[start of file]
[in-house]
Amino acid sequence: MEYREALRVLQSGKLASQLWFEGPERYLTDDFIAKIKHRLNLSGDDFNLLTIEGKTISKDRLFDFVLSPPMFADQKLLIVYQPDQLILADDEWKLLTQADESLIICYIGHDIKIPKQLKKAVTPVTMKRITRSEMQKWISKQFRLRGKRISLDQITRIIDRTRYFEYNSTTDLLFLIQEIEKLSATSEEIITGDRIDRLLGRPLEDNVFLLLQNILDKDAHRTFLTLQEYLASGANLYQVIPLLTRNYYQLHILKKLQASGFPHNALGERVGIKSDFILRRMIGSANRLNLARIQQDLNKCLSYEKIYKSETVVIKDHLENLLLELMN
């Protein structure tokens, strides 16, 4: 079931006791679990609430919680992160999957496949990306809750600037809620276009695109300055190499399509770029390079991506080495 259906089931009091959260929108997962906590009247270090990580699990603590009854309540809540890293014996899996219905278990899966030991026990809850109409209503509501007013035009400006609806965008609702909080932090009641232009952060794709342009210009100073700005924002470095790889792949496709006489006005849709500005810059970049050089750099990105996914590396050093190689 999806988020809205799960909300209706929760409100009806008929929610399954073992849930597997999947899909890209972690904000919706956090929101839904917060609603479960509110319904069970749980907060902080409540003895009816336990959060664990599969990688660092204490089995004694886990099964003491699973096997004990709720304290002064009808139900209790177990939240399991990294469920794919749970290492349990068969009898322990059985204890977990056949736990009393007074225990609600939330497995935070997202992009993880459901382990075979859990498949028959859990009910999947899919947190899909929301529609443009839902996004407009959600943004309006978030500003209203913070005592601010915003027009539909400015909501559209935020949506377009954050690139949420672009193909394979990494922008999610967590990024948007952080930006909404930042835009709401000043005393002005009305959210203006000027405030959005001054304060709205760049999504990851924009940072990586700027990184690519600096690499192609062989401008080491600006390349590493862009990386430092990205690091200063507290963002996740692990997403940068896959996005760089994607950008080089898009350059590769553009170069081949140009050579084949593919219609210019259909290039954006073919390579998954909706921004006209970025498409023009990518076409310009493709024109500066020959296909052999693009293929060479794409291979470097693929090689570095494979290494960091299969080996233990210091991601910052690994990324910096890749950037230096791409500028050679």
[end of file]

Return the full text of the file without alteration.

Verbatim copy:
[in-house]
Amino acid sequence: MEYREALRVLQSGKLASQLWFEGPERYLTDDFIAKIKHRLNLSGDDFNLLTIEGKTISKDRLFDFVLSPPMFADQKLLIVYQPDQLILADDEWKLLTQADESLIICYIGHDIKIPKQLKKAVTPVTMKRITRSEMQKWISKQFRLRGKRISLDQITRIIDRTRYFEYNSTTDLLFLIQEIEKLSATSEEIITGDRIDRLLGRPLEDNVFLLLQNILDKDAHRTFLTLQEYLASGANLYQVIPLLTRNYYQLHILKKLQASGFPHNALGERVGIKSDFILRRMIGSANRLNLARIQQDLNKCLSYEKIYKSETVVIKDHLENLLLELMN
């Protein structure tokens, strides 16, 4: 079931006791679990609430919680992160999957496949990306809750600037809620276009695109300055190499399509770029390079991506080495 259906089931009091959260929108997962906590009247270090990580699990603590009854309540809540890293014996899996219905278990899966030991026990809850109409209503509501007013035009400006609806965008609702909080932090009641232009952060794709342009210009100073700005924002470095790889792949496709006489006005849709500005810059970049050089750099990105996914590396050093190689 999806988020809205799960909300209706929760409100009806008929929610399954073992849930597997999947899909890209972690904000919706956090929101839904917060609603479960509110319904069970749980907060902080409540003895009816336990959060664990599969990688660092204490089995004694886990099964003491699973096997004990709720304290002064009808139900209790177990939240399991990294469920794919749970290492349990068969009898322990059985204890977990056949736990009393007074225990609600939330497995935070997202992009993880459901382990075979859990498949028959859990009910999947899919947190899909929301529609443009839902996004407009959600943004309006978030500003209203913070005592601010915003027009539909400015909501559209935020949506377009954050690139949420672009193909394979990494922008999610967590990024948007952080930006909404930042835009709401000043005393002005009305959210203006000027405030959005001054304060709205760049999504990851924009940072990586700027990184690519600096690499192609062989401008080491600006390349590493862009990386430092990205690091200063507290963002996740692990997403940068896959996005760089994607950008080089898009350059590769553009170069081949140009050579084949593919219609210019259909290039954006073919390579998954909706921004006209970025498409023009990518076409310009493709024109500066020959296909052999693009293929060479794409291979470097693929090689570095494979290494960091299969080996233990210091991601910052690994990324910096890749950037230096791409500028050679």